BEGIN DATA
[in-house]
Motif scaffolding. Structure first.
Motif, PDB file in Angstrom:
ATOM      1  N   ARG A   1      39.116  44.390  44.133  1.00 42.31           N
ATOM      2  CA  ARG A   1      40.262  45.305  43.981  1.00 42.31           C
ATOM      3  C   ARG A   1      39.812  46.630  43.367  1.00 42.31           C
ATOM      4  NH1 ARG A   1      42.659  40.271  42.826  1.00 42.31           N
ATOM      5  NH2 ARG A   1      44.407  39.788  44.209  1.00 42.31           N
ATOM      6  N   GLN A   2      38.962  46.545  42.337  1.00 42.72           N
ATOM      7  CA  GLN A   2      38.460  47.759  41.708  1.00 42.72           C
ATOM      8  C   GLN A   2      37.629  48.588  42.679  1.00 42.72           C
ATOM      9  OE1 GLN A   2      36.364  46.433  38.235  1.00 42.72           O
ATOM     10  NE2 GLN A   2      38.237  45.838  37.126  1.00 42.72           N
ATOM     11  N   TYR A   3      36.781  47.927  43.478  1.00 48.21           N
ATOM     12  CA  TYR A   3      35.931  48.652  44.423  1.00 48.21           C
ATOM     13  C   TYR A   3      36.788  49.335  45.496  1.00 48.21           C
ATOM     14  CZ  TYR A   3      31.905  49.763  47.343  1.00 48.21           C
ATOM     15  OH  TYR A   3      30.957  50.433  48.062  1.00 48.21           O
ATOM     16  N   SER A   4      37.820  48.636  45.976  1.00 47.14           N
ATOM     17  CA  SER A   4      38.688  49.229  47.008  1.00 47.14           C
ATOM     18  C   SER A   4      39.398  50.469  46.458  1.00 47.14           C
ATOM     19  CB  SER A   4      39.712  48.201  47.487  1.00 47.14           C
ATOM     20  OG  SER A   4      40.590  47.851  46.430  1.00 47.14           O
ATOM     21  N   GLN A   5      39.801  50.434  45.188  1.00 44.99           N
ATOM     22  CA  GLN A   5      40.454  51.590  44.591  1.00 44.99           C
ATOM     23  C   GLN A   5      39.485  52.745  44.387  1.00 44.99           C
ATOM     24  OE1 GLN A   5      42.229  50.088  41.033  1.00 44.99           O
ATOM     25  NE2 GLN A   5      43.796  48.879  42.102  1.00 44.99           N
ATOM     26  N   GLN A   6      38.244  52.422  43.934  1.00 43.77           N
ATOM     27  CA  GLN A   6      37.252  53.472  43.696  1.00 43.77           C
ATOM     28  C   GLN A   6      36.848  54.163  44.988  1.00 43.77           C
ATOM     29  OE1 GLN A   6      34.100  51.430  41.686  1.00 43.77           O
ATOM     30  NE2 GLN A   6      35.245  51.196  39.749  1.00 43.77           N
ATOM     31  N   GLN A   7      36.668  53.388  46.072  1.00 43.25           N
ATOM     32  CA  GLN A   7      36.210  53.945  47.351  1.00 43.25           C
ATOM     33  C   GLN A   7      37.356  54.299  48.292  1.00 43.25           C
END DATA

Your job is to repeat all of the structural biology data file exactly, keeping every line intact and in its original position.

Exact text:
[in-house]
Motif scaffolding. Structure first.
Motif, PDB file in Angstrom:
ATOM      1  N   ARG A   1      39.116  44.390  44.133  1.00 42.31           N
ATOM      2  CA  ARG A   1      40.262  45.305  43.981  1.00 42.31           C
ATOM      3  C   ARG A   1      39.812  46.630  43.367  1.00 42.31           C
ATOM      4  NH1 ARG A   1      42.659  40.271  42.826  1.00 42.31           N
ATOM      5  NH2 ARG A   1      44.407  39.788  44.209  1.00 42.31           N
ATOM      6  N   GLN A   2      38.962  46.545  42.337  1.00 42.72           N
ATOM      7  CA  GLN A   2      38.460  47.759  41.708  1.00 42.72           C
ATOM      8  C   GLN A   2      37.629  48.588  42.679  1.00 42.72           C
ATOM      9  OE1 GLN A   2      36.364  46.433  38.235  1.00 42.72           O
ATOM     10  NE2 GLN A   2      38.237  45.838  37.126  1.00 42.72           N
ATOM     11  N   TYR A   3      36.781  47.927  43.478  1.00 48.21           N
ATOM     12  CA  TYR A   3      35.931  48.652  44.423  1.00 48.21           C
ATOM     13  C   TYR A   3      36.788  49.335  45.496  1.00 48.21           C
ATOM     14  CZ  TYR A   3      31.905  49.763  47.343  1.00 48.21           C
ATOM     15  OH  TYR A   3      30.957  50.433  48.062  1.00 48.21           O
ATOM     16  N   SER A   4      37.820  48.636  45.976  1.00 47.14           N
ATOM     17  CA  SER A   4      38.688  49.229  47.008  1.00 47.14           C
ATOM     18  C   SER A   4      39.398  50.469  46.458  1.00 47.14           C
ATOM     19  CB  SER A   4      39.712  48.201  47.487  1.00 47.14           C
ATOM     20  OG  SER A   4      40.590  47.851  46.430  1.00 47.14           O
ATOM     21  N   GLN A   5      39.801  50.434  45.188  1.00 44.99           N
ATOM     22  CA  GLN A   5      40.454  51.590  44.591  1.00 44.99           C
ATOM     23  C   GLN A   5      39.485  52.745  44.387  1.00 44.99           C
ATOM     24  OE1 GLN A   5      42.229  50.088  41.033  1.00 44.99           O
ATOM     25  NE2 GLN A   5      43.796  48.879  42.102  1.00 44.99           N
ATOM     26  N   GLN A   6      38.244  52.422  43.934  1.00 43.77           N
ATOM     27  CA  GLN A   6      37.252  53.472  43.696  1.00 43.77           C
ATOM     28  C   GLN A   6      36.848  54.163  44.988  1.00 43.77           C
ATOM     29  OE1 GLN A   6      34.100  51.430  41.686  1.00 43.77           O
ATOM     30  NE2 GLN A   6      35.245  51.196  39.749  1.00 43.77           N
ATOM     31  N   GLN A   7      36.668  53.388  46.072  1.00 43.25           N
ATOM     32  CA  GLN A   7      36.210  53.945  47.351  1.00 43.25           C
ATOM     33  C   GLN A   7      37.356  54.299  48.292  1.00 43.25           C